• Transfer from an ESA to a 529 plan. Funds in an ESA can be transferred to a 529 plan.
  • Age limitation. Funds must be withdrawn fully by the time the beneficiary reaches age 30, or the remaining account will be paid out within 30 days, subject to tax on the earnings and an additional 10% penalty. The penalty does not apply to withdrawals made due to the beneficiary’s death or disability, or to the extent the beneficiary receives a tax-free scholarship.
  • Gift tax. The contribution to an ESA is treated as a gift under the annual gift-tax exclusion.

Comparing the Coverdell Education Savings   Account (ESA) and the 529 Plan

  ESA 529   Plan
Annual   Contribution Limit $3,000 $12,000   ($60,000 if five-year annual exclusion gifts are aggregated)
Purpose Elementary,   secondary and college Higher   education only
Date   for Contributions April   15 of the following calendar year December   31 of calendar year
Income   Level Requirement Yes No

2503-C Trusts

A 2503-C trust is a trust established to hold funds for a child until he or she turns 21. When contributing to a 2503-C trust, the gift-tax annual exclusion can be utilized. The key to a 2503-C trust is that there are no substantial restrictions on the exercise of the trustee’s discretion to make distributions. Limiting the trustee’s discretion to making distributions for education expenses would be considered a “substantial restriction.”

A gift to a 2503-C trust will be treated as a present interest, as long as the beneficiary of the trust is under age 21 and the following requirements are satisfied:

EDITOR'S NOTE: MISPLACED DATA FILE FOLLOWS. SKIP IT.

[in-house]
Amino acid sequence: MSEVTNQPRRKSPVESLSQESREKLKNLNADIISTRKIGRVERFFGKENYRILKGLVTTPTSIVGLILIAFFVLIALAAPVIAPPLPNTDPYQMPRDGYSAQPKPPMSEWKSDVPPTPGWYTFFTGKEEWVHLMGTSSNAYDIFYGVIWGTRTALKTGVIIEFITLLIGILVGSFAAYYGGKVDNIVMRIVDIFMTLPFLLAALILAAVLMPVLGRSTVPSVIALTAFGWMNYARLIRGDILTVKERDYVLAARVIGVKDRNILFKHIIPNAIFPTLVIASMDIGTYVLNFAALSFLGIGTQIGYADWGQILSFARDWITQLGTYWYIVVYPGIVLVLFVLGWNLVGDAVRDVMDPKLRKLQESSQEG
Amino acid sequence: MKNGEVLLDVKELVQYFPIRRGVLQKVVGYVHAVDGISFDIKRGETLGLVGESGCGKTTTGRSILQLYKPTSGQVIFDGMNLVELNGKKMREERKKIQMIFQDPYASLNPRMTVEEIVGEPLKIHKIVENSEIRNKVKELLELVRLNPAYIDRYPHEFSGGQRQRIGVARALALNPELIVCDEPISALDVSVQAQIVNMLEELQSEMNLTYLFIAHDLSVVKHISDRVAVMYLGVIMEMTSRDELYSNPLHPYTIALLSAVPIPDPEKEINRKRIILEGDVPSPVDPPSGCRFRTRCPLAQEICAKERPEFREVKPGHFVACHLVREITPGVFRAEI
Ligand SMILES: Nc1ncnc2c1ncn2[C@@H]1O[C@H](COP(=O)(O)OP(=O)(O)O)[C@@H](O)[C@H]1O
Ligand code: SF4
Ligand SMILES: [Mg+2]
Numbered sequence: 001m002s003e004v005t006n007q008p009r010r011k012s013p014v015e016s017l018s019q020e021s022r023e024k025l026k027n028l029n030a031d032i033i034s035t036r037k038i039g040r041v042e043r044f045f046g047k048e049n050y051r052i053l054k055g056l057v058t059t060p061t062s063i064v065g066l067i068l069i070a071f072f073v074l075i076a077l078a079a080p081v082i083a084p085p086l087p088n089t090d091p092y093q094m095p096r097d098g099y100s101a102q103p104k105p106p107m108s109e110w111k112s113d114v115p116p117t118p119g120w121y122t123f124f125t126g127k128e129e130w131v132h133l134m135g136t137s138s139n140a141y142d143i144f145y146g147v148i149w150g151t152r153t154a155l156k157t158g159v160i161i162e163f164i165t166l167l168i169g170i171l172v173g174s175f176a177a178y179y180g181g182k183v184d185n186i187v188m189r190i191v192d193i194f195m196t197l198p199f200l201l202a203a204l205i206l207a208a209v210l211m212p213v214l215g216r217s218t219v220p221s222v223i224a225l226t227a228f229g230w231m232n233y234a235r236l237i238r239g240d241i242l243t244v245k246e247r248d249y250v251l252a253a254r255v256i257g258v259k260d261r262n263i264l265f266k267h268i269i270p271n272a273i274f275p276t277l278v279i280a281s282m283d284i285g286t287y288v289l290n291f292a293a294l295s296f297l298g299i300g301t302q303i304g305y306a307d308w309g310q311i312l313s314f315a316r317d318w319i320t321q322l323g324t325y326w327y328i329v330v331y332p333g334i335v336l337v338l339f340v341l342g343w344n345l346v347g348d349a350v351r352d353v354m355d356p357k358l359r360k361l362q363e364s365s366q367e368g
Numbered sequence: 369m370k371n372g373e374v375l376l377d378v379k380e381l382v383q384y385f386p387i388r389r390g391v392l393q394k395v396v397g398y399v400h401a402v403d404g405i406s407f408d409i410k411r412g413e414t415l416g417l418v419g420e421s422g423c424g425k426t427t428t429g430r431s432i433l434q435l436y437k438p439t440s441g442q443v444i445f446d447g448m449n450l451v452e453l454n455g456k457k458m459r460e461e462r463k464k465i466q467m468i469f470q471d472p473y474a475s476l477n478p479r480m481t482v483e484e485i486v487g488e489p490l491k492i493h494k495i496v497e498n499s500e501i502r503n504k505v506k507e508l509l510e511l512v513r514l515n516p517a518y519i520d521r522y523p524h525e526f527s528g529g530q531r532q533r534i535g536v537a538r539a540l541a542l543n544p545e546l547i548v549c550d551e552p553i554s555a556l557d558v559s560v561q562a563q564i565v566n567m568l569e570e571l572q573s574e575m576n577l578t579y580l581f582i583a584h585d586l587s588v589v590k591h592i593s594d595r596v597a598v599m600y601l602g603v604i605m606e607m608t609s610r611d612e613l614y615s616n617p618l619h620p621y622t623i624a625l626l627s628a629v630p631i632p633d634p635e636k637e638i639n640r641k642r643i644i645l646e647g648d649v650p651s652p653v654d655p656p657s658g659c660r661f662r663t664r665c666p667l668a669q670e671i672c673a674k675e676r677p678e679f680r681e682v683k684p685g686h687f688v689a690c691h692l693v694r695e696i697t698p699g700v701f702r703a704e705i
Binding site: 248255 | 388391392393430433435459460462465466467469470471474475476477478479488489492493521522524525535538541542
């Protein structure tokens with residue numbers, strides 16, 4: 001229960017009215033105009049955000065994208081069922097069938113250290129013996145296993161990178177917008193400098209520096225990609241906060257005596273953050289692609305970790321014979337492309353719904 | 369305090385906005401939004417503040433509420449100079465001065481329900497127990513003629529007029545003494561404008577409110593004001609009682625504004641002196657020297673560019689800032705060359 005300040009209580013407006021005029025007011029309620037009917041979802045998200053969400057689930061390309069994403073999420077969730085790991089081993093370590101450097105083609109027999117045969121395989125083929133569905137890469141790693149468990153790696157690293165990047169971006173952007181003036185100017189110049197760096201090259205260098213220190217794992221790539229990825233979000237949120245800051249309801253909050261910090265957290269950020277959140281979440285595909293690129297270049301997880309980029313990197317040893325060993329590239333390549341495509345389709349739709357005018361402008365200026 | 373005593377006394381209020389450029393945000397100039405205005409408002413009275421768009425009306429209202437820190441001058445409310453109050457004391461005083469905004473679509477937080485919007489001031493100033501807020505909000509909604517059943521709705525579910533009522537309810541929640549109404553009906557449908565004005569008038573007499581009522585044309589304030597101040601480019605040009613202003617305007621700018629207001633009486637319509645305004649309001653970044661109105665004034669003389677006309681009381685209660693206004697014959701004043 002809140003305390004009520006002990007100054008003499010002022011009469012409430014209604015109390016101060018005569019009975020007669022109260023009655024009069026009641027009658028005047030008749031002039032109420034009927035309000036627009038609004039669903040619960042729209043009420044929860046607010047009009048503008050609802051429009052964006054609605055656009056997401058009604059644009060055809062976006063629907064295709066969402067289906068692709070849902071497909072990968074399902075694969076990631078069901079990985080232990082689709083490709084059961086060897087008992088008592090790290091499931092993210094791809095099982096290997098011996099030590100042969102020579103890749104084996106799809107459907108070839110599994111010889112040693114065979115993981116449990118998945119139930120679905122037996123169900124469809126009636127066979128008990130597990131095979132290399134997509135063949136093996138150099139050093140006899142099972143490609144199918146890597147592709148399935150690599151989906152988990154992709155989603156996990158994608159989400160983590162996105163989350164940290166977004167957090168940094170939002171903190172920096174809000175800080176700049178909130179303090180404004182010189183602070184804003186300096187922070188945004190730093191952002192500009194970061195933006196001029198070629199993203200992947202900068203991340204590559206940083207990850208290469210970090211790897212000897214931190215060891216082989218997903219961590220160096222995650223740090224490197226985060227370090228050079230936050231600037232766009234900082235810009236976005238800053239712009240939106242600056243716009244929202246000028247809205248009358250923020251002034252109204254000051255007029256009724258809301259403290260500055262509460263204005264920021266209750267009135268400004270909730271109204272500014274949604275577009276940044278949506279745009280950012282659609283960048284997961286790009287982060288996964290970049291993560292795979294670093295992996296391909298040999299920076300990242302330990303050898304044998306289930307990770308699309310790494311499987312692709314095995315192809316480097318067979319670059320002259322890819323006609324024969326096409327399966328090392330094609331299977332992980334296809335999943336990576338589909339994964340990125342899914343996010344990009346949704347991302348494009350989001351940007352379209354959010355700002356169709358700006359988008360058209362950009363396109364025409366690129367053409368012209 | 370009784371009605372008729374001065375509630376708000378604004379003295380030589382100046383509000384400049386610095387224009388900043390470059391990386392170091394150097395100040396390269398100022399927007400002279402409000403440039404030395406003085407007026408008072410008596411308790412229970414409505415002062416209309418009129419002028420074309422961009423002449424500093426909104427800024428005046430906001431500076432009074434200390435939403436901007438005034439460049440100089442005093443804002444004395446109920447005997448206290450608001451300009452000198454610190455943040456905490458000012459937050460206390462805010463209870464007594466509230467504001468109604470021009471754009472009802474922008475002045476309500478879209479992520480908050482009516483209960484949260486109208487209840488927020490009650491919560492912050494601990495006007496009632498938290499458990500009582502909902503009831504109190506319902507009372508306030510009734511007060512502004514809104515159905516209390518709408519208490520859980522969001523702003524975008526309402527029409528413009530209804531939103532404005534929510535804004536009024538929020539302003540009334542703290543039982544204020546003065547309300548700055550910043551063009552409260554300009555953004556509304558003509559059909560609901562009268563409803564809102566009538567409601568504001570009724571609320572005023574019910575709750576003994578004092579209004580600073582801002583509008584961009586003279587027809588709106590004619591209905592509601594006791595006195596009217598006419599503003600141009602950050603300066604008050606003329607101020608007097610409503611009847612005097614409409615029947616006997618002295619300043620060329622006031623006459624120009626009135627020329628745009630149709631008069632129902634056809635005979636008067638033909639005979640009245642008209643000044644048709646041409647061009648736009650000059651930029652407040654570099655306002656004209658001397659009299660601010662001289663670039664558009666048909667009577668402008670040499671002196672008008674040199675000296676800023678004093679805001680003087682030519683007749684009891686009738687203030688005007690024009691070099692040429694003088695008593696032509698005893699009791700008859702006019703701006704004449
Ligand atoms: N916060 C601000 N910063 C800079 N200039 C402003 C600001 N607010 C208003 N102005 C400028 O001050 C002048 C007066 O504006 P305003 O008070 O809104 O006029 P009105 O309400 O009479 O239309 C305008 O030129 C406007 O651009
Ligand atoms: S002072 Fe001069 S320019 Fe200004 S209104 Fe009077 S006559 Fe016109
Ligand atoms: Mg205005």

• The trustee has the power to use the gifted property and income for the benefit of the minor before the minor reaches age 21.
  • The minor has the right to withdraw income and principal at age 21.
  • If the minor dies prior to age 21, the income and principal is paid to the minor’s estate or to persons the minor selects by exercising a general power of appointment.

Uniform Gifts to Minors Act (UTMA)

Gifts under the Uniform Gifts to Minors Act (UGMA) also qualify for the gift-tax annual exclusion. These gifts are irrevocable, because a custodian must be selected and a successor may be designated. The major drawbacks of a UTMA are that the assets in the custodial account must be paid over to the minor, either at majority or age 21, depending on state law. And, if the donor also is the custodian, the assets in the custodial account are included in the donor’s estate.

What About Beneficiary Designations?

It is critical to coordinate the beneficiary designations for life insurance policies, retirement plans and annuities to ensure that funds go to the intended beneficiaries. Failure to do this can undermine estate-planning strategies. For example, let’s say that a grandfather decides to leave each of his two children one-third of his estate, with the remaining third left in trust for four grandchildren, to be divided equally among them. In order to ensure that this plan will be carried out, the grandfather would need to name both his children and the grandchildren’s trust as beneficiaries of his life insurance policies, IRAs and annuities. If only his children were named as beneficiaries, the funds from those policies and accounts would not be available to the grandchildren’s trust.